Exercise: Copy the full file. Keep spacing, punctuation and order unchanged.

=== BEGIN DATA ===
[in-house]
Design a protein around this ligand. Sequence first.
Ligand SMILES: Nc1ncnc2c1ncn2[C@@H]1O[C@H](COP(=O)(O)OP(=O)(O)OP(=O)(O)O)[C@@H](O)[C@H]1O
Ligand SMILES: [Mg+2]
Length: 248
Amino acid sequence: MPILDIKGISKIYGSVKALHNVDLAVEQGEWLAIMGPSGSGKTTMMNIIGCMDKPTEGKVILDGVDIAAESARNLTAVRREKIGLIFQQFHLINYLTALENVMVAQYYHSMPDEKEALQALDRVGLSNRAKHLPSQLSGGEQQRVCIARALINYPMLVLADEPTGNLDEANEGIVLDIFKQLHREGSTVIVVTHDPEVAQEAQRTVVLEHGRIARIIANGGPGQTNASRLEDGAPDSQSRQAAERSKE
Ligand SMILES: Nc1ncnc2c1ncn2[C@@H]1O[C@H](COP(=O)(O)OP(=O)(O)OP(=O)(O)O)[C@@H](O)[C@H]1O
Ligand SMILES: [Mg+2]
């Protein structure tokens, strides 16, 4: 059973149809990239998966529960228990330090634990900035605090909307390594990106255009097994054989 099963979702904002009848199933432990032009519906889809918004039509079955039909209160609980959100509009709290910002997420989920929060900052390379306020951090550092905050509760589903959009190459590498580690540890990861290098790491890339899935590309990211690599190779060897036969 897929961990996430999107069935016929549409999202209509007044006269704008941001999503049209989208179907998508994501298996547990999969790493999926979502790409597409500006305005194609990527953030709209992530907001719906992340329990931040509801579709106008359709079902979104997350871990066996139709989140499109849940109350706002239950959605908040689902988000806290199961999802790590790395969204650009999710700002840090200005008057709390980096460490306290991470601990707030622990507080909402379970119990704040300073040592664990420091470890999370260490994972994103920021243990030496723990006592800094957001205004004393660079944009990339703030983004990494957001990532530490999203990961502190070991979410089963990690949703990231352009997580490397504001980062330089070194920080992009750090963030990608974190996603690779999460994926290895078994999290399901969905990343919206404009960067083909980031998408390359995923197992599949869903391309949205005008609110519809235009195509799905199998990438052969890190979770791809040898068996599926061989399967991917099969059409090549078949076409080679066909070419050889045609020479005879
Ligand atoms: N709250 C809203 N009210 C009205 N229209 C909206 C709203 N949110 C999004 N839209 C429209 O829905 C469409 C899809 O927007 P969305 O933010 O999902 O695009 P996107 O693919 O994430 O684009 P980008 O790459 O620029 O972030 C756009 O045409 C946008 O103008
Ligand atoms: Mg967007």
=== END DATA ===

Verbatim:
[in-house]
Design a protein around this ligand. Sequence first.
Ligand SMILES: Nc1ncnc2c1ncn2[C@@H]1O[C@H](COP(=O)(O)OP(=O)(O)OP(=O)(O)O)[C@@H](O)[C@H]1O
Ligand SMILES: [Mg+2]
Length: 248
Amino acid sequence: MPILDIKGISKIYGSVKALHNVDLAVEQGEWLAIMGPSGSGKTTMMNIIGCMDKPTEGKVILDGVDIAAESARNLTAVRREKIGLIFQQFHLINYLTALENVMVAQYYHSMPDEKEALQALDRVGLSNRAKHLPSQLSGGEQQRVCIARALINYPMLVLADEPTGNLDEANEGIVLDIFKQLHREGSTVIVVTHDPEVAQEAQRTVVLEHGRIARIIANGGPGQTNASRLEDGAPDSQSRQAAERSKE
Ligand SMILES: Nc1ncnc2c1ncn2[C@@H]1O[C@H](COP(=O)(O)OP(=O)(O)OP(=O)(O)O)[C@@H](O)[C@H]1O
Ligand SMILES: [Mg+2]
């Protein structure tokens, strides 16, 4: 059973149809990239998966529960228990330090634990900035605090909307390594990106255009097994054989 099963979702904002009848199933432990032009519906889809918004039509079955039909209160609980959100509009709290910002997420989920929060900052390379306020951090550092905050509760589903959009190459590498580690540890990861290098790491890339899935590309990211690599190779060897036969 897929961990996430999107069935016929549409999202209509007044006269704008941001999503049209989208179907998508994501298996547990999969790493999926979502790409597409500006305005194609990527953030709209992530907001719906992340329990931040509801579709106008359709079902979104997350871990066996139709989140499109849940109350706002239950959605908040689902988000806290199961999802790590790395969204650009999710700002840090200005008057709390980096460490306290991470601990707030622990507080909402379970119990704040300073040592664990420091470890999370260490994972994103920021243990030496723990006592800094957001205004004393660079944009990339703030983004990494957001990532530490999203990961502190070991979410089963990690949703990231352009997580490397504001980062330089070194920080992009750090963030990608974190996603690779999460994926290895078994999290399901969905990343919206404009960067083909980031998408390359995923197992599949869903391309949205005008609110519809235009195509799905199998990438052969890190979770791809040898068996599926061989399967991917099969059409090549078949076409080679066909070419050889045609020479005879
Ligand atoms: N709250 C809203 N009210 C009205 N229209 C909206 C709203 N949110 C999004 N839209 C429209 O829905 C469409 C899809 O927007 P969305 O933010 O999902 O695009 P996107 O693919 O994430 O684009 P980008 O790459 O620029 O972030 C756009 O045409 C946008 O103008
Ligand atoms: Mg967007």